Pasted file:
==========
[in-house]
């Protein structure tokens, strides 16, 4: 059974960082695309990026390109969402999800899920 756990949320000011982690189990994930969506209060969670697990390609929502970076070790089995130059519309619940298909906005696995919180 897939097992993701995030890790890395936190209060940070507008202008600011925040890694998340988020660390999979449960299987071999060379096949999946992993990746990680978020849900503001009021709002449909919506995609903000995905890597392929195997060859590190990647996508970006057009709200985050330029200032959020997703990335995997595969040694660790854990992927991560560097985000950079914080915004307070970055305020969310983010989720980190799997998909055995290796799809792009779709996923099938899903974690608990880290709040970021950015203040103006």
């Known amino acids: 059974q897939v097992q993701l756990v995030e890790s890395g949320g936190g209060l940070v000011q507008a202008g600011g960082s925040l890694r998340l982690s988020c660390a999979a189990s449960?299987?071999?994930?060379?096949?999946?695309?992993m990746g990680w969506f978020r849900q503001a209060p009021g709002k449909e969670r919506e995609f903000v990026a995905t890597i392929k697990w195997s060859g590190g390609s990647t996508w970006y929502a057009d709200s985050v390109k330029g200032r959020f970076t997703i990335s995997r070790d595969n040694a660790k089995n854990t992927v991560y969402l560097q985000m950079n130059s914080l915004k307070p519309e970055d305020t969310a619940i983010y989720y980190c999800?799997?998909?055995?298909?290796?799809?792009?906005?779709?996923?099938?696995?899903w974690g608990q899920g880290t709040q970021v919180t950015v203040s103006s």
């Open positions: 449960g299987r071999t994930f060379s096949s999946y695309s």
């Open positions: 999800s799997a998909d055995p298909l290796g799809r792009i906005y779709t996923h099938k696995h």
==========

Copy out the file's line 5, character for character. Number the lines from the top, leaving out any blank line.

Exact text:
């Open positions: 999800s799997a998909d055995p298909l290796g799809r792009i906005y779709t996923h099938k696995h």